\(\newcommand{L}[1]{\| #1 \|}\newcommand{VL}[1]{\L{ \vec{#1} }}\newcommand{R}[1]{\operatorname{Re}\,(#1)}\newcommand{I}[1]{\operatorname{Im}\, (#1)}\)

# Applying deformations exercise¶

- For code template see:
`applying_deformations_code.py`

; - For solution see: Applying deformations exercise.

Requirements:

- Removing length 1 axes with numpy.squeeze;
- numpy.tranpose for swapping axes;
- Resampling with scipy.ndimage;
- The nibabel.affines module;
- General resampling between images with scipy.ndimage.map_coordinates.

```
>>> #: standard imports
>>> import numpy as np
>>> import matplotlib.pyplot as plt
>>> # print arrays to 4 decimal places
>>> np.set_printoptions(precision=4, suppress=True)
>>> import numpy.linalg as npl
>>> import nibabel as nib
```

```
>>> #: gray colormap and nearest neighbor interpolation by default
>>> plt.rcParams['image.cmap'] = 'gray'
>>> plt.rcParams['image.interpolation'] = 'nearest'
```

## Applying a deformation field¶

We should have already calculated the deformation field for the image
`ds107_sub012_highres.nii`

.

We did this using the SPM12 `Normalise: Estimate`

option from the GUI.

This should have left an image called `y_ds107_sub012_highres.nii`

in
your working directory.

If not:

- Ask for help;
- If you get stuck, you can download the image from
`y_ds107_sub012_highres.nii`

.

We make an image object for this deformations image by loading with nibabel.

```
>>> #: load y_ds107_sub012_highres.nii with nibabel
>>> # get the image array data
>>> deformations_img = nib.load('y_ds107_sub012_highres.nii')
>>> deformations_data = deformations_img.get_data()
>>> deformations_data.shape
(121, 145, 121, 1, 3)
```

We are going to work out how to apply this *deformations* image to reslice our
original image `ds107_sub012_highres.nii`

.

Oddly - this is a 5 dimensional image, where the 4th dimension is length 1.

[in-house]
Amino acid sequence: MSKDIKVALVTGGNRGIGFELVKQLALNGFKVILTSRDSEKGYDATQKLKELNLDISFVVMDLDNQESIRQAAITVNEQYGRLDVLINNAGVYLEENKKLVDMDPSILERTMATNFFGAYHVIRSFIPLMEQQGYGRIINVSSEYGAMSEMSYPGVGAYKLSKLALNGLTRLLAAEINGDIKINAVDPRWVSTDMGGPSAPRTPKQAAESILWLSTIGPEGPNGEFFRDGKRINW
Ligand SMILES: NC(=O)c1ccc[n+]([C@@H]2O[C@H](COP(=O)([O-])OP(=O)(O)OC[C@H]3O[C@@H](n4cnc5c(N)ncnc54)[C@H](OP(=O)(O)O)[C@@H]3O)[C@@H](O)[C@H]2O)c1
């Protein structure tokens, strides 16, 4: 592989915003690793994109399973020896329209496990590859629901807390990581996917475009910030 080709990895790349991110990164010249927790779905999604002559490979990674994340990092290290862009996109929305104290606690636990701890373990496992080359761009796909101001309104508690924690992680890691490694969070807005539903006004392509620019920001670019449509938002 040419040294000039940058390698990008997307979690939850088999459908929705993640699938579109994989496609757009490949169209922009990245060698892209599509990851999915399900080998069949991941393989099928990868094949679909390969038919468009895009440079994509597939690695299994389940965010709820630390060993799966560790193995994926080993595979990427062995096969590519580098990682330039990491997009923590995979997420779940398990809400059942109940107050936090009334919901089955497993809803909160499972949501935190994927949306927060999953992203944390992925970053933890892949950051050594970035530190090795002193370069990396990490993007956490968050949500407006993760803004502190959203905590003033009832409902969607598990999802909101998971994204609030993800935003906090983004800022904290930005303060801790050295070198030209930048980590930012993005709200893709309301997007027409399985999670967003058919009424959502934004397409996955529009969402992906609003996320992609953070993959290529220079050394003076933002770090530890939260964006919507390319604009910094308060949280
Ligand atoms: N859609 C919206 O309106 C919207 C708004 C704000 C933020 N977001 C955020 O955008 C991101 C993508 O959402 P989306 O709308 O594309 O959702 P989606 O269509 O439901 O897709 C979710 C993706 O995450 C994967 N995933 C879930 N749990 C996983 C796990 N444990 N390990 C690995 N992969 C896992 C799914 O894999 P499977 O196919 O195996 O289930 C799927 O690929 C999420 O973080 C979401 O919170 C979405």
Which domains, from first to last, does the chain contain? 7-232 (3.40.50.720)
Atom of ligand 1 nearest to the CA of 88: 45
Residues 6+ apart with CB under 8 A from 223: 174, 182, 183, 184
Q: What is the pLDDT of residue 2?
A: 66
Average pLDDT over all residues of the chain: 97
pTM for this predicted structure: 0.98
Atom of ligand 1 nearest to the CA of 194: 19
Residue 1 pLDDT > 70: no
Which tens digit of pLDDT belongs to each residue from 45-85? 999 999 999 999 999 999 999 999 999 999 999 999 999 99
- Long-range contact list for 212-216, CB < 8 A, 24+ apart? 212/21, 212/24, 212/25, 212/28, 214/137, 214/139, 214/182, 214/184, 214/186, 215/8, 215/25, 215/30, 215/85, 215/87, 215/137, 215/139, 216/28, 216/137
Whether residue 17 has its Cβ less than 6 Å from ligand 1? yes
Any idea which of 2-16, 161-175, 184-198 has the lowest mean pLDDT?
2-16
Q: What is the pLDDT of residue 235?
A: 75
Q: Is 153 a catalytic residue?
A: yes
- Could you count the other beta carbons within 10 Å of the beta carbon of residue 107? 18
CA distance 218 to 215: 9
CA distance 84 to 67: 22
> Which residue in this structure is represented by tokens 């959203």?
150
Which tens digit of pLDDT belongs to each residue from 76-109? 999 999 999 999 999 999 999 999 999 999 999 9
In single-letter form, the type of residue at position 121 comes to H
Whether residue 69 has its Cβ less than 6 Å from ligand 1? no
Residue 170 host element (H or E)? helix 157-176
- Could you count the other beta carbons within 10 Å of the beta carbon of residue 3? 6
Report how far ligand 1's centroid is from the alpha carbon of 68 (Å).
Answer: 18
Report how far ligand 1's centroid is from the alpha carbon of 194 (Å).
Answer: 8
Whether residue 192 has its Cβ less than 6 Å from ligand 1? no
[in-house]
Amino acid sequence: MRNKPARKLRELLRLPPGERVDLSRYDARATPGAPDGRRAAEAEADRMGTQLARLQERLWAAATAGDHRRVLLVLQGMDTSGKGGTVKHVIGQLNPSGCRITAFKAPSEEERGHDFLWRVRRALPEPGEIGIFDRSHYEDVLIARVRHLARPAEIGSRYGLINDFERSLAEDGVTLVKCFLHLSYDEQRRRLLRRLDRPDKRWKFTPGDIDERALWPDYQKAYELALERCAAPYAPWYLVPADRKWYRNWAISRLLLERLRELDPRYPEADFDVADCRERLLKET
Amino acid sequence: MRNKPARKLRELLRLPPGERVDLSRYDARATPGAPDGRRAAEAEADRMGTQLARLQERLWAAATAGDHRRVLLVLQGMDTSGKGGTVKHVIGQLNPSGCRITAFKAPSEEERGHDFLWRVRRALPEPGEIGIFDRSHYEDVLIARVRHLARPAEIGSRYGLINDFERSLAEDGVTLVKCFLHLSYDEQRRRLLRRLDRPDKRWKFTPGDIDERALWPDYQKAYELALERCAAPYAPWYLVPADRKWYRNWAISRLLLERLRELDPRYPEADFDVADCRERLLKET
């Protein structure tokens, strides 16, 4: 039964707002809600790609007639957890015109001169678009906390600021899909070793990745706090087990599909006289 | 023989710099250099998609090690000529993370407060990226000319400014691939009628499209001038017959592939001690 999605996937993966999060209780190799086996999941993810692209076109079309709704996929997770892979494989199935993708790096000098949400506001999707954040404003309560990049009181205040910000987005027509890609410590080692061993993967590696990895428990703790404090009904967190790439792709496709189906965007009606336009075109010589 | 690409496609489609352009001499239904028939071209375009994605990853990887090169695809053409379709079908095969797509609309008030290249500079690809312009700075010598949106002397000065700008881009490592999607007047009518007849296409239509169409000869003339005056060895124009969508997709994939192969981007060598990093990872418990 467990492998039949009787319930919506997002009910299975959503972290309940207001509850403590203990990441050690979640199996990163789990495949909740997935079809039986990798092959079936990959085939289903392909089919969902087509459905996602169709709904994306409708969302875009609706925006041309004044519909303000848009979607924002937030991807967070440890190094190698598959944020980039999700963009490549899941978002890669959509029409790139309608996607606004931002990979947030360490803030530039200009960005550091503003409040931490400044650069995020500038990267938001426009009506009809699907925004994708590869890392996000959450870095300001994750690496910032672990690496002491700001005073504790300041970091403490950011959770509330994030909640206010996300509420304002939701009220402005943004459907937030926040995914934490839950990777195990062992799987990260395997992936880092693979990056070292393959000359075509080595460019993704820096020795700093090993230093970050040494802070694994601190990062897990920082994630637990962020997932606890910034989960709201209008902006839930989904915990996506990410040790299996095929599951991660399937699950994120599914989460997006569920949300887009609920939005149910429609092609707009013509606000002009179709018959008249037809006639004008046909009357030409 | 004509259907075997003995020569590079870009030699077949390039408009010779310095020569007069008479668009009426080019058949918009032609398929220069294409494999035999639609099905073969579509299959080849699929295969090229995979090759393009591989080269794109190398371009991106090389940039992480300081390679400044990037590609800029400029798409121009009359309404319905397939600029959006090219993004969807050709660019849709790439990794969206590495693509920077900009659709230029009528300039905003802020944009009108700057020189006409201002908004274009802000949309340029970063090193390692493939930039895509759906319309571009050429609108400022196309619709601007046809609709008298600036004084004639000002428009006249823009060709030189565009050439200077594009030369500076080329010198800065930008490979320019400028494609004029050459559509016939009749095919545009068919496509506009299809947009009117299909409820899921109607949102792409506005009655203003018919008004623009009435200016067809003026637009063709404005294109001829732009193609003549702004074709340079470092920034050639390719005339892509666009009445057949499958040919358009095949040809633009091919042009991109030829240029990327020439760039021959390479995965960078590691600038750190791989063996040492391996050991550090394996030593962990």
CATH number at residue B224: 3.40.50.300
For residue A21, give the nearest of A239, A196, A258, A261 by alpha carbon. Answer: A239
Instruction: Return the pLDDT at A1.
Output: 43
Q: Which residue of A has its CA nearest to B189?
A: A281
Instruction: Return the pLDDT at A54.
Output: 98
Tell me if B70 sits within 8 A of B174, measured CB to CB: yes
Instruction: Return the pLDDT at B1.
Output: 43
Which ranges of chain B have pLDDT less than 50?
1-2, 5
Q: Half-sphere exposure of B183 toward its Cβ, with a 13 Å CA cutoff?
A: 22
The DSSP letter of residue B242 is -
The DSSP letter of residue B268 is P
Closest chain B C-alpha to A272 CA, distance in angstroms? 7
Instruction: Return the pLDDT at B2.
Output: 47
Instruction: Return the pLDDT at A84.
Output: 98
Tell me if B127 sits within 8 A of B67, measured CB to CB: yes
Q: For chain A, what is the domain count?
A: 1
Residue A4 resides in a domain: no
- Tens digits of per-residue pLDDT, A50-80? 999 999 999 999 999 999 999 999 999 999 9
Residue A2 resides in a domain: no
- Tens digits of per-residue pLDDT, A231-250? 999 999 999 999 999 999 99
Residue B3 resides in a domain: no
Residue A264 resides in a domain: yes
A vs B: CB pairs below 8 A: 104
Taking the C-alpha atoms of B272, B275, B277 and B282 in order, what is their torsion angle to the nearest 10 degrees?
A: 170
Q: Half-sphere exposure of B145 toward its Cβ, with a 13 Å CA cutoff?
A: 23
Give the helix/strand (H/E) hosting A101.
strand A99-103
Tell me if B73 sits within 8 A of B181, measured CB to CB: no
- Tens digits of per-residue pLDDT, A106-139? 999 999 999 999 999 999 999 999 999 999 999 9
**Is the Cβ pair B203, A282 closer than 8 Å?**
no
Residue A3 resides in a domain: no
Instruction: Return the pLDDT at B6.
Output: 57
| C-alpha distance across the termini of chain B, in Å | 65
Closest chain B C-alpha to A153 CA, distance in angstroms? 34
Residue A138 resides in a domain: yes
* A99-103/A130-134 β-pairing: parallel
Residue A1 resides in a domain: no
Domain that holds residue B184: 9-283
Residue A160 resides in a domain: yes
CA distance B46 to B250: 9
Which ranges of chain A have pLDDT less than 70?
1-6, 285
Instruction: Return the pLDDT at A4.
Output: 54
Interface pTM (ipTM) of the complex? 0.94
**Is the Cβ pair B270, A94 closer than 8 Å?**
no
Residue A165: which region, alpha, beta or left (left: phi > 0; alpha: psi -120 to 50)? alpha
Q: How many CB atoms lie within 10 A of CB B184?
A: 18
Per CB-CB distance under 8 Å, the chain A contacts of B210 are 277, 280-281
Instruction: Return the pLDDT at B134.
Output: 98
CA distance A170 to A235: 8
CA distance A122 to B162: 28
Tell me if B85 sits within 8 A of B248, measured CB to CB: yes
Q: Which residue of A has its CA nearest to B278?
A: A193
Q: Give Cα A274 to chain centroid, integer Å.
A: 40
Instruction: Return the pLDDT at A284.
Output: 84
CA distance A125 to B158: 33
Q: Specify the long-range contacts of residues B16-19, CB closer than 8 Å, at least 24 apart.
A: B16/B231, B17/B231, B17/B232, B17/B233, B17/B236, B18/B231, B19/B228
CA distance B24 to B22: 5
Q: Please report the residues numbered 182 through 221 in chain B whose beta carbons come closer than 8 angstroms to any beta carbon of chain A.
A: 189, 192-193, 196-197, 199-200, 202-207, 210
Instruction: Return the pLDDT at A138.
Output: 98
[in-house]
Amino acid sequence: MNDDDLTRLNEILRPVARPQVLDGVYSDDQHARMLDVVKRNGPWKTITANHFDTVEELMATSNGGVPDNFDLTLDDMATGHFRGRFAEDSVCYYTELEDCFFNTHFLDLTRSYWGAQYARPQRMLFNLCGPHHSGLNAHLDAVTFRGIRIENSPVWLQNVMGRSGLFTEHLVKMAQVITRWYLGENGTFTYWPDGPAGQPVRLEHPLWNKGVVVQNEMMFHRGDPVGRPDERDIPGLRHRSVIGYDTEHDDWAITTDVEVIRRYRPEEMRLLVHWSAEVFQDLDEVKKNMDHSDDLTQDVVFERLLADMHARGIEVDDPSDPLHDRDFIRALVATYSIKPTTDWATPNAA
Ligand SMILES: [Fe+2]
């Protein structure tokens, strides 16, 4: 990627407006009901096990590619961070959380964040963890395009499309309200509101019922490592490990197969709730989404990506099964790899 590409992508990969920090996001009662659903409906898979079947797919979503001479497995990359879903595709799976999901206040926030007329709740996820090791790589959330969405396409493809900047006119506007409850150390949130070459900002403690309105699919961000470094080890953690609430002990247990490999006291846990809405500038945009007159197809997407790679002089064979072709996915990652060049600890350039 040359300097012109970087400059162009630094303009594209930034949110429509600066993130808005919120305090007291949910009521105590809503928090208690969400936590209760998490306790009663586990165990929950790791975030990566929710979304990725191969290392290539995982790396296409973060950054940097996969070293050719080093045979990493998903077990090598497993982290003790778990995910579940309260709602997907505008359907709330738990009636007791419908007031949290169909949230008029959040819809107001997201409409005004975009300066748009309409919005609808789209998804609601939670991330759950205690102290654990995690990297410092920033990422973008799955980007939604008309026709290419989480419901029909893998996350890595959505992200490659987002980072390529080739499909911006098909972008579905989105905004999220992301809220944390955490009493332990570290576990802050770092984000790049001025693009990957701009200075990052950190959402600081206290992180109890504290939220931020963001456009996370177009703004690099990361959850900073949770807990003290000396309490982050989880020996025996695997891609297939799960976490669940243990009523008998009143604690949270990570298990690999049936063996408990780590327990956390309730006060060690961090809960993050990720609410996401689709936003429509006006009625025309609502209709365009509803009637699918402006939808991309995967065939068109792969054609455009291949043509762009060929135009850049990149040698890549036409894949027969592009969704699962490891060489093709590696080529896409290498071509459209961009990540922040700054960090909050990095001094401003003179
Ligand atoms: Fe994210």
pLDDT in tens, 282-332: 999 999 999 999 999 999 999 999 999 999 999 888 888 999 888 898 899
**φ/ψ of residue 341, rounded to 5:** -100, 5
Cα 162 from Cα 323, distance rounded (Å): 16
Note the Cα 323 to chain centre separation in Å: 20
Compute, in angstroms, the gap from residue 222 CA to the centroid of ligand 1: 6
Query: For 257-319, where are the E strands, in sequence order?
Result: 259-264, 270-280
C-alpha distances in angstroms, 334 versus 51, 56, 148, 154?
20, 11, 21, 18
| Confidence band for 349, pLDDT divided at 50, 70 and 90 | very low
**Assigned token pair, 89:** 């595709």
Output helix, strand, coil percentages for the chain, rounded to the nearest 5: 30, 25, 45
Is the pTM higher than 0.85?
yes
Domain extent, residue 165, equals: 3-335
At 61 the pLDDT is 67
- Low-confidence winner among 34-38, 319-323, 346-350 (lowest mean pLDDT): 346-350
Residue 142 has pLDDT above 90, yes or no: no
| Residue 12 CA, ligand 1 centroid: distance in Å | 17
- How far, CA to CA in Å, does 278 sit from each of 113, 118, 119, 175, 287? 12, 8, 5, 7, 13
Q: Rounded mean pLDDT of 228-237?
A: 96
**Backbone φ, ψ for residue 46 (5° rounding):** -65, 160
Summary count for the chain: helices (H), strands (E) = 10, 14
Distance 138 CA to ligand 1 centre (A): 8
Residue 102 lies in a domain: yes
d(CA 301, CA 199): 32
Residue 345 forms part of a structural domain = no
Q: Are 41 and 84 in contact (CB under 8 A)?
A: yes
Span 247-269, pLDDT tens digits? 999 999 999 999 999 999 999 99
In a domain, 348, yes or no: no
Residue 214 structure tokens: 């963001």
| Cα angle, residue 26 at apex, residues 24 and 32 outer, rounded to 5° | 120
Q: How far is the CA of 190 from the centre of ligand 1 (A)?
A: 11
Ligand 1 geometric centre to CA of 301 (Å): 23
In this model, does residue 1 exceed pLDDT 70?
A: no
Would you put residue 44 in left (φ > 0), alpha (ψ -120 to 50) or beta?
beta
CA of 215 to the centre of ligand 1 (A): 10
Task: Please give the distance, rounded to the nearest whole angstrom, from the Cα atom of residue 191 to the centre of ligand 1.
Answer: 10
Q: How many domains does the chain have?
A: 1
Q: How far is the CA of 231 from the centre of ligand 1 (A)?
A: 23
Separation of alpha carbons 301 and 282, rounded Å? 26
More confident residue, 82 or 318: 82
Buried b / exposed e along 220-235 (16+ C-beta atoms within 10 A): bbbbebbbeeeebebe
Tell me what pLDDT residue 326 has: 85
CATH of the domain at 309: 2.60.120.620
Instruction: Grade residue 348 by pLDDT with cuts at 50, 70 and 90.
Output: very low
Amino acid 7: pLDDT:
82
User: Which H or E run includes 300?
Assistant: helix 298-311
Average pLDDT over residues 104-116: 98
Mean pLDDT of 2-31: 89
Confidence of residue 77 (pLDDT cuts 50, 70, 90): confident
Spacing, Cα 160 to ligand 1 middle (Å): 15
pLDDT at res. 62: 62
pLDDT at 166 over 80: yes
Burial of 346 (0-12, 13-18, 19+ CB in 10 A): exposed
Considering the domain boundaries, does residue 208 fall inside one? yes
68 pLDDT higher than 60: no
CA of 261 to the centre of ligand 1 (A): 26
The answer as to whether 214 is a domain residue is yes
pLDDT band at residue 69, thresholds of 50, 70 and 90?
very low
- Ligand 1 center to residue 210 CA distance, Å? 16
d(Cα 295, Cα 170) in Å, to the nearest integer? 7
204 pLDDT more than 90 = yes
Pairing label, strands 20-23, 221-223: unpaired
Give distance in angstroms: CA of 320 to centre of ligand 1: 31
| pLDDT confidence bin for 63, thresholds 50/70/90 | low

The length-1 4th dimension is an artefact of the NIfTI image format – so let’s get rid of this dimension with np.squeeze:

```
>>> #: remove length-1 4th dimension from deformation data
>>> deformations_data = np.squeeze(deformations_data)
>>> deformations_data.shape
(121, 145, 121, 3)
```

The data is now a 4-dimensional image, containing 3 volumes. These volumes are:

- x coordinates;
- y coordinates;
- z coordinates

respectively.

Put another way, the vector `deformations_data[i, j, k, :]`

gives the (x, y,
z) coordinates for the voxel `[i, j, k]`

. More on this later.

If you were looking carefully at the SPM interface, SPM has calculated the
distortions necessary to go from a template of *tissue probability maps*
(called `TPM.nii`

) to the `ds107_sub012_highres.nii`

image.

We can get the original 3D shape and affine of `TPM.nii`

because SPM stored
them in `y_ds107_sub012_highres.nii`

:

```
>>> #: get original TPM.nii 3D shape and affine
>>> tpm_shape = deformations_data.shape[:3]
>>> tpm_affine = deformations_img.affine
>>> tpm_affine
array([[ -1.5, 0. , 0. , 90. ],
[ 0. , 1.5, 0. , -126. ],
[ 0. , 0. , 1.5, -72. ],
[ 0. , 0. , 0. , 1. ]])
```

First we look at the images before the normalization has been applied.

To do that, we will make a new copy of the MNI template, with the same shape as the TPM image.

The MNI template image we will use is
`mni_icbm152_t1_tal_nlin_asym_09a.nii`

.

```
>>> #: load the template image we will resample from
>>> template_img = nib.load('mni_icbm152_t1_tal_nlin_asym_09a.nii')
>>> template_data = template_img.get_data()
>>> template_data.shape
(197, 233, 189)
```

Now we need the mapping from voxels in `TPM.nii`

to voxels in
`mni_icbm152_t1_tal_nlin_asym_09a.nii`

.

We can break this down into two transforms:

- from voxels in
`TPM.nii`